A thousand elephants are threatened by hunger have fled the camps deserted by the tourists in Thailand and returned to their native village. A migration wave is unprecedented at high risk for the elephants once they are back home.
Operated in amusement parks or “sanctuaries” that under the cover of ethics and respect often concealed a juicy business, where the dressing remains sharp, the 3 000 elephants employed in the tourism industry are unemployed since the abrupt closure of the camps in mid-march.
“It was thought that the pandemic would be quickly under control, that the situation would return to normal. We have lost all hope”, tells the AFP Chaiyaporn, mahout (keeper) of elephants for fifteen years.
To avoid that the seven pachyderms, of which he has custody die of hunger, he began a journey of 100 miles through the thick forests of the North of the kingdom to bring them home.
The heat is overwhelming and the group moves before dawn or in the evening, the progress is slow – the animal travels 4 to 5 miles per hour – and the breaks are frequent to find the 300 pounds of herbs and plants that are needed every day.
“They are exhausted, but rather happy. They have a very good memory. It seems that after years of absence they know they are finally home,” smiles Chaiyaporn. Their destination? The small karen village of Huay Pakoot, 180 kilometers from Chiang Mai (north).
In two months, a thousand elephants have returned to their village, and dozens are still on the road.
“A migration wave of such magnitude over such a short period of time is unheard of in the country,” said Theerapat Trungprakan, president of the Thai Elephant Alliance Association.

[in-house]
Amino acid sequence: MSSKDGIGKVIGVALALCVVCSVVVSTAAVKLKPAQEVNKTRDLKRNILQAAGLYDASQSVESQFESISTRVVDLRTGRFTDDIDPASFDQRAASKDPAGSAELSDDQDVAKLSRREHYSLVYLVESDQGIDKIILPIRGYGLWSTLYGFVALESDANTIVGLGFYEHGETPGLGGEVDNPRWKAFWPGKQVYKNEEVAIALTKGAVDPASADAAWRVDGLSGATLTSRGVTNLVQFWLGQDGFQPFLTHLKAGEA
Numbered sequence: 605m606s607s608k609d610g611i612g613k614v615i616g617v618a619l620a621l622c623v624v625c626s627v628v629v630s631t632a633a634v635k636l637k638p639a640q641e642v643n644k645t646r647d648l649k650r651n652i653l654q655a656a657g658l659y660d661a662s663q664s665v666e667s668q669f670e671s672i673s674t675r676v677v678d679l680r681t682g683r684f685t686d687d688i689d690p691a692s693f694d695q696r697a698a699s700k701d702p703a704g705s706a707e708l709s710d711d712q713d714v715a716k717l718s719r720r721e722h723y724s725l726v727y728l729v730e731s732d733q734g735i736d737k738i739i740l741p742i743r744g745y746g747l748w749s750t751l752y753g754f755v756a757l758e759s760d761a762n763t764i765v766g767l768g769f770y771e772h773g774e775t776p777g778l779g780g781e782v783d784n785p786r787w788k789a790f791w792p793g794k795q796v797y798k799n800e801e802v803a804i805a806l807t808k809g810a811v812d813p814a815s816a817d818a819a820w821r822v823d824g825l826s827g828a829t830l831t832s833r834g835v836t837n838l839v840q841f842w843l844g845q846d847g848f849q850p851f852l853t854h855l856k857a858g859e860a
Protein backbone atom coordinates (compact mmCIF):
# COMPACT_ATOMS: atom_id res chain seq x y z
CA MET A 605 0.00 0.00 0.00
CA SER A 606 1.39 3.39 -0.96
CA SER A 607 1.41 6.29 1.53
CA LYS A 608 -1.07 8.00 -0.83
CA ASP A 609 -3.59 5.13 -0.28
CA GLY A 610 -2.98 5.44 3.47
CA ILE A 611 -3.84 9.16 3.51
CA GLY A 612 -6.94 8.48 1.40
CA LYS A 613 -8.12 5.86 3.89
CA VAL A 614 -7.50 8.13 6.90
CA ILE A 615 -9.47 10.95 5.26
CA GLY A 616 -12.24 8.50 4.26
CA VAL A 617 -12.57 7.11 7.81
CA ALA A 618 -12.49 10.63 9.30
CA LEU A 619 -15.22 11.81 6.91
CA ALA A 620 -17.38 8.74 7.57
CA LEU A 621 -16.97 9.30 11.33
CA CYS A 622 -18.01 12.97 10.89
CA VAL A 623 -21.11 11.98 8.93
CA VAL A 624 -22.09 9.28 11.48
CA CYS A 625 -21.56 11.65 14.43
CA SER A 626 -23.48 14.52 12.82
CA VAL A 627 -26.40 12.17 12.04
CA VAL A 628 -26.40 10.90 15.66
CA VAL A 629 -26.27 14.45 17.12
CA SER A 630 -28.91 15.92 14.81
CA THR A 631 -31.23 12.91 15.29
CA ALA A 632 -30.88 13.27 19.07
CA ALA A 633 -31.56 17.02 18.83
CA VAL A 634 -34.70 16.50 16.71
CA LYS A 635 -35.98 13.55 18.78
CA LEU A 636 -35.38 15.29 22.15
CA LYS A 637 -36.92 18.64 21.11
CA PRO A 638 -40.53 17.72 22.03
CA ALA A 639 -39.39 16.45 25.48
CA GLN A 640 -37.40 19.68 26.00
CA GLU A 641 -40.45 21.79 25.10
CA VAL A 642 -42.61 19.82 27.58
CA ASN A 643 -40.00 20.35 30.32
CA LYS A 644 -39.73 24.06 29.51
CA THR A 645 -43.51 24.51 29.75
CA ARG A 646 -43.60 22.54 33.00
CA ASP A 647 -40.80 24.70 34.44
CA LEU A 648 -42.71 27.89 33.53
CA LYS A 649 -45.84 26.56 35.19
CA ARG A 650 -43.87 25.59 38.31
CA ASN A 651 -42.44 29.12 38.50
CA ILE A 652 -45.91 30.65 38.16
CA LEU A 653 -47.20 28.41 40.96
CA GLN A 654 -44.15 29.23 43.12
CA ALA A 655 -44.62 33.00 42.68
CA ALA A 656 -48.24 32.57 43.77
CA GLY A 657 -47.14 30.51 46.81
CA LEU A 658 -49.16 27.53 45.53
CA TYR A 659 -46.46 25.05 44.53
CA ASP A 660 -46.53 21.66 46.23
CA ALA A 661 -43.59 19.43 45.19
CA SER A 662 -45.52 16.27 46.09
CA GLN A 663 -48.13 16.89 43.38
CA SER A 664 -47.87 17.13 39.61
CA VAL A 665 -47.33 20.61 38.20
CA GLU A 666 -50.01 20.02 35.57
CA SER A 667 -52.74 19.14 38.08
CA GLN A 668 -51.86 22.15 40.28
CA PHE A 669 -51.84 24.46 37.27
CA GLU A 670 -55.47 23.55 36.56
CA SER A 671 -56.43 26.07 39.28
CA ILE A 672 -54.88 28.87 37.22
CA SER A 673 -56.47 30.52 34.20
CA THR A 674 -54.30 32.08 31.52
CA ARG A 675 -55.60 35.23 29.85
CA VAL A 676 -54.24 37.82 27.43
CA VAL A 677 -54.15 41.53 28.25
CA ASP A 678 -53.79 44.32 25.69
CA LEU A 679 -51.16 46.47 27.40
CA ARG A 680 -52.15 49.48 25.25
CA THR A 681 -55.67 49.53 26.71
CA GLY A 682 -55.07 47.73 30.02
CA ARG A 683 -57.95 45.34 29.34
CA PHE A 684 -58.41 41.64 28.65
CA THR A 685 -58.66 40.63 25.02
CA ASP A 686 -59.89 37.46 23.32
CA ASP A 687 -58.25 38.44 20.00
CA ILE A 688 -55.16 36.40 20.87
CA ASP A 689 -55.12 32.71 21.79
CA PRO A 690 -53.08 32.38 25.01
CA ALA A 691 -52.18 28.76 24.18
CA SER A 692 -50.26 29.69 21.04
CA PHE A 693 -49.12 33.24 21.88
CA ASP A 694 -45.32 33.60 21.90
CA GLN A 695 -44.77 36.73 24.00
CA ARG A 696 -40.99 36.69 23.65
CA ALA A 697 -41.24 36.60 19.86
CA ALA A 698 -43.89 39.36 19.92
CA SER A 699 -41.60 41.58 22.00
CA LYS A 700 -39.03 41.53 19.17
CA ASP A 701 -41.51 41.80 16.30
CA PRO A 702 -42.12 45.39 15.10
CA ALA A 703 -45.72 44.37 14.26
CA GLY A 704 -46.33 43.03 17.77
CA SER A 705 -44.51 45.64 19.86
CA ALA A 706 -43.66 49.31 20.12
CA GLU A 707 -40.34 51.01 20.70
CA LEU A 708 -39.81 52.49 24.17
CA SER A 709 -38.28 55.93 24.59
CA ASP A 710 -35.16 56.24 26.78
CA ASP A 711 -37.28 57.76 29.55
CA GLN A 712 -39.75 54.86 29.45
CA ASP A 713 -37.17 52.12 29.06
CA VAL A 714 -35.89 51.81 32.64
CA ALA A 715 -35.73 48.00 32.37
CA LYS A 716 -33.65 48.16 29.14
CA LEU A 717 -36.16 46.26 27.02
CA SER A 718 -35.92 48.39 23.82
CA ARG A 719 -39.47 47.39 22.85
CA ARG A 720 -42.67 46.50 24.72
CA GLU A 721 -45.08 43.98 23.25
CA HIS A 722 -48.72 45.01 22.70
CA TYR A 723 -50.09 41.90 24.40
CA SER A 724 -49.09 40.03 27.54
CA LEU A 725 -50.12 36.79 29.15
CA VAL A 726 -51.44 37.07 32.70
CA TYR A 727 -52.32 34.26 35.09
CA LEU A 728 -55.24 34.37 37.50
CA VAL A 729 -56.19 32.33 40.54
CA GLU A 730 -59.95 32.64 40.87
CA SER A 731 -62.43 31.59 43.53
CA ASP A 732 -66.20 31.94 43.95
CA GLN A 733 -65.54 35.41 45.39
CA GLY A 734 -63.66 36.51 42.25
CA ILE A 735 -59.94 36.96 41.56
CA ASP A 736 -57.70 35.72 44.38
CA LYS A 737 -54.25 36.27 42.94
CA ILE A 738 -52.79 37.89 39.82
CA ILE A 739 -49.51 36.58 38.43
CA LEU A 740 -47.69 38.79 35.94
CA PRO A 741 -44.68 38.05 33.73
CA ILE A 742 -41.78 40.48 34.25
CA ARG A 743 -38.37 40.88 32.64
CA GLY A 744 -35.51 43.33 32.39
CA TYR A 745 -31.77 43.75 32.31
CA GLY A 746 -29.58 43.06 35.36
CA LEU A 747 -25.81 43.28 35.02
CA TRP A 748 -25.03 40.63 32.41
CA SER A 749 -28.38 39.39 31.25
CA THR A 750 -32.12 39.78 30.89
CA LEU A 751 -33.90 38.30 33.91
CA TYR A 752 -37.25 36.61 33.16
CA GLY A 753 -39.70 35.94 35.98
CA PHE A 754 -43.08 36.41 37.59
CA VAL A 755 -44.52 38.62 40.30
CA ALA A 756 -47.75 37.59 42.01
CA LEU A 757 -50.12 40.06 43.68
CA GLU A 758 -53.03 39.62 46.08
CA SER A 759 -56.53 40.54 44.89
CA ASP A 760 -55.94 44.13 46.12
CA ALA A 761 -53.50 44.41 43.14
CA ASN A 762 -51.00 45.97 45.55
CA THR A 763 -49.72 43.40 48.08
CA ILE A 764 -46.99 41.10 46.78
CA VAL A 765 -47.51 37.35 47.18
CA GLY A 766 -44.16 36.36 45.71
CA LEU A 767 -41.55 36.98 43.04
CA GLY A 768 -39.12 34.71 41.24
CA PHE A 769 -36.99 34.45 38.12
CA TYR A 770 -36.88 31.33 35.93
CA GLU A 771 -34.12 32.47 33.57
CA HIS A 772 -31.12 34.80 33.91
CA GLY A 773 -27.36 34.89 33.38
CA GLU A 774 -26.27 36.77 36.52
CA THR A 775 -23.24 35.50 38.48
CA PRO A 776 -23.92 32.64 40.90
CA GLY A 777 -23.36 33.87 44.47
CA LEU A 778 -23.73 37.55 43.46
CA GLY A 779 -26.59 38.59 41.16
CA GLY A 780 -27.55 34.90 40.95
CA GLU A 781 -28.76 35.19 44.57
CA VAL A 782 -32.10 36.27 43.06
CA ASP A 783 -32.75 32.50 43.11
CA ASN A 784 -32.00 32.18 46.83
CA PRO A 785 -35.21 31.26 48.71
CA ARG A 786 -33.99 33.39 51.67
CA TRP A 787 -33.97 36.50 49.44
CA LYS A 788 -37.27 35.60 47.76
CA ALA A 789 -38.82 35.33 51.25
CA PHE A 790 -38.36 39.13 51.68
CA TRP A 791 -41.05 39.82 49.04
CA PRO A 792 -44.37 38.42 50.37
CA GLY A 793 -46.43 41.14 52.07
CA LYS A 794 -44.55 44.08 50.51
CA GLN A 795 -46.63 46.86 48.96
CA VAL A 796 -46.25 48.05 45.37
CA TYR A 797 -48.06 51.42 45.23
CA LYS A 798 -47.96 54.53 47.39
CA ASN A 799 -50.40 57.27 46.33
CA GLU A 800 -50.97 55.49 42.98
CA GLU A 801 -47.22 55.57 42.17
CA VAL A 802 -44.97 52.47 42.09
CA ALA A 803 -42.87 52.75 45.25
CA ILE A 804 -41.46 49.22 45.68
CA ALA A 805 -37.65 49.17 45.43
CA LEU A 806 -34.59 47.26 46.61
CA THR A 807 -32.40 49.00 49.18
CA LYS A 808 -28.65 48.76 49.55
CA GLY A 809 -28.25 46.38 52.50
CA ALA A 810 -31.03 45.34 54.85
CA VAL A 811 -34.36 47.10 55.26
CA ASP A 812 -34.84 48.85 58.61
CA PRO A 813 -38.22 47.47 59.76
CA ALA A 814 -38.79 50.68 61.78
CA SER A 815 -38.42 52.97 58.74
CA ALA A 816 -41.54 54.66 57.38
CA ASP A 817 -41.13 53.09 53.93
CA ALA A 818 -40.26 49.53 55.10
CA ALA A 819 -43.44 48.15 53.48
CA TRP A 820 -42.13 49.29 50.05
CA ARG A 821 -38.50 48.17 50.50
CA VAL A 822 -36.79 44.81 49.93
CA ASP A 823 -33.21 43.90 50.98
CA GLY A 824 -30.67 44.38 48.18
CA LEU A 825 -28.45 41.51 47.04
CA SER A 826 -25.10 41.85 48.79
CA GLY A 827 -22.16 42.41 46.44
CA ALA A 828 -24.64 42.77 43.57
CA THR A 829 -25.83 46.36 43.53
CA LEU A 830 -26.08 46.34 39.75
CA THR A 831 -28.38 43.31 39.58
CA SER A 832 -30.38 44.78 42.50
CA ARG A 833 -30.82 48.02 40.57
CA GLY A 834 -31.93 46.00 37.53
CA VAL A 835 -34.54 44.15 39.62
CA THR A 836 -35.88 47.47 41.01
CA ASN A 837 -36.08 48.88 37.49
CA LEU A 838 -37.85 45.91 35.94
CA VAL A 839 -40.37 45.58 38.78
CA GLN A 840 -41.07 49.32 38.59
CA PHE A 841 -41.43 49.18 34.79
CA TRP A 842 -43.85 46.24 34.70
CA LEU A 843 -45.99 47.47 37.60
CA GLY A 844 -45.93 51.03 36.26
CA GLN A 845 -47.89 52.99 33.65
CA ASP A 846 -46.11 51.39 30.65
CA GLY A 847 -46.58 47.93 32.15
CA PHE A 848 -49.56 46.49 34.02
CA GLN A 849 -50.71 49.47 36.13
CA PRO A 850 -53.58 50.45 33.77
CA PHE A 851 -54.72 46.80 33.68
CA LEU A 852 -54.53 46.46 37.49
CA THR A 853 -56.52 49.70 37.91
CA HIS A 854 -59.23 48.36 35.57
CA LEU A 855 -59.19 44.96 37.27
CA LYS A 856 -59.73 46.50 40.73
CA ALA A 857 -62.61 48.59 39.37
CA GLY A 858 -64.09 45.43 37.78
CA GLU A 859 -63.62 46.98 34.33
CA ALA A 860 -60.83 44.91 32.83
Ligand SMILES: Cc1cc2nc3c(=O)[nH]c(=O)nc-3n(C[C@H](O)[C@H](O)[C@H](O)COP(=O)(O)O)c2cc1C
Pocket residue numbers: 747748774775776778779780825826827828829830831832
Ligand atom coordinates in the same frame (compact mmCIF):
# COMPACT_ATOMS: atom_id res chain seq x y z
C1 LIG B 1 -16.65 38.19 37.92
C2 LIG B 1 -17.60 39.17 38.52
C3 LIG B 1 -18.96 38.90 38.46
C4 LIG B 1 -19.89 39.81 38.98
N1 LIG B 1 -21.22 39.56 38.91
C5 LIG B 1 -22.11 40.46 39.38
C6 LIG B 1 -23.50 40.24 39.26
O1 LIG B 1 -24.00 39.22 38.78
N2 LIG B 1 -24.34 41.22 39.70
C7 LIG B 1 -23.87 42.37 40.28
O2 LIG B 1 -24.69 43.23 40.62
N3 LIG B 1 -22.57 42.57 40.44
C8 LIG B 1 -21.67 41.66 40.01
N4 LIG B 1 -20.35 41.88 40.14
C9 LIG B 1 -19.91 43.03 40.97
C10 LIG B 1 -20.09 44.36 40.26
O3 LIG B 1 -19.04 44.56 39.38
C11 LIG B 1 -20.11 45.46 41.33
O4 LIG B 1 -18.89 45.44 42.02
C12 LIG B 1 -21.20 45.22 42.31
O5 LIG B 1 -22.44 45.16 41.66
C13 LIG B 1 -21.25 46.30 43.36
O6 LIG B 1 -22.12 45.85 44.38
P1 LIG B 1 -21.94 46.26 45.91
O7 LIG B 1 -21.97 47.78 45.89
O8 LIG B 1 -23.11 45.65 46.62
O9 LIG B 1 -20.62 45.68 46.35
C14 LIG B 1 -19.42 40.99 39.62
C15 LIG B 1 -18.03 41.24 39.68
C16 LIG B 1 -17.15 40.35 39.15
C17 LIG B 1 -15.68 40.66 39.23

Huay Pakoot, 92 pachyderms coexist now with 400 inhabitants.
The release is not possible because they would conflict with the hundreds of specimens remain in the wild and could be victims of accidents or diseases.
Long forced to carry tourists on their backs, swimming with them, or perform tricks like in a circus, they are no longer operated today.
But this return to the sources is not without cause other problems.
The vast forests surrounding the village were cleared to make way for the cultivation of corn and there is not what to provide for the needs of a vast herd.
Jira, a young mahout who worked two nights and three days since Chiang Mai with its pachyderms, account to grow more herbs, bananas and sugar cane if the crisis continues.
This will not be enough. “Due to the lack of proper installation, Huay Pakoot is not ready to manage in the long term such a number of beasts,” said Theerapat Trungprakan, including the NGO book food and drugs.
According to him, it is very likely that conflicts with the villagers appear, therefore, that a pachyderm will destroy crops.
And fights between elephants, leading to sometimes serious injuries, have already been reported.
The other fear, despite the ban on their exploitation in the forestry industry, some may be used again for the transport of wood, responsible for many injuries.
“The mahouts are without income and most do not receive any help from the government, many will have no other choice than to do rework”, is concerned Saengduean Chailert of the Elephant Nature Park, which advocates a return to the villages to overcome the crisis.
Professionals are urging the authorities to act quickly.
“40 dollars a day will need to be unlocked by animal, otherwise it is the survival of some is at stake”, if alarm Theerapat Trungprakan.
Others take it to be hoped that the period to be used to launch a wide reflection on the place of the pachyderm in the tourism industry.
The number of elephants in captivity has jumped by 30% in 30 years and the sector, the lack of regulation. Once domesticated, the animal is considered as simple cattle according to the thai law, in contrast to the wild elephants, protected.
The sun is at its zenith when Chaiyaporn leads his flock to the river for bathing everyday. “Huay Pakoot, we will take care of elephants for the past 400 years, whatever happens we will not let go not”.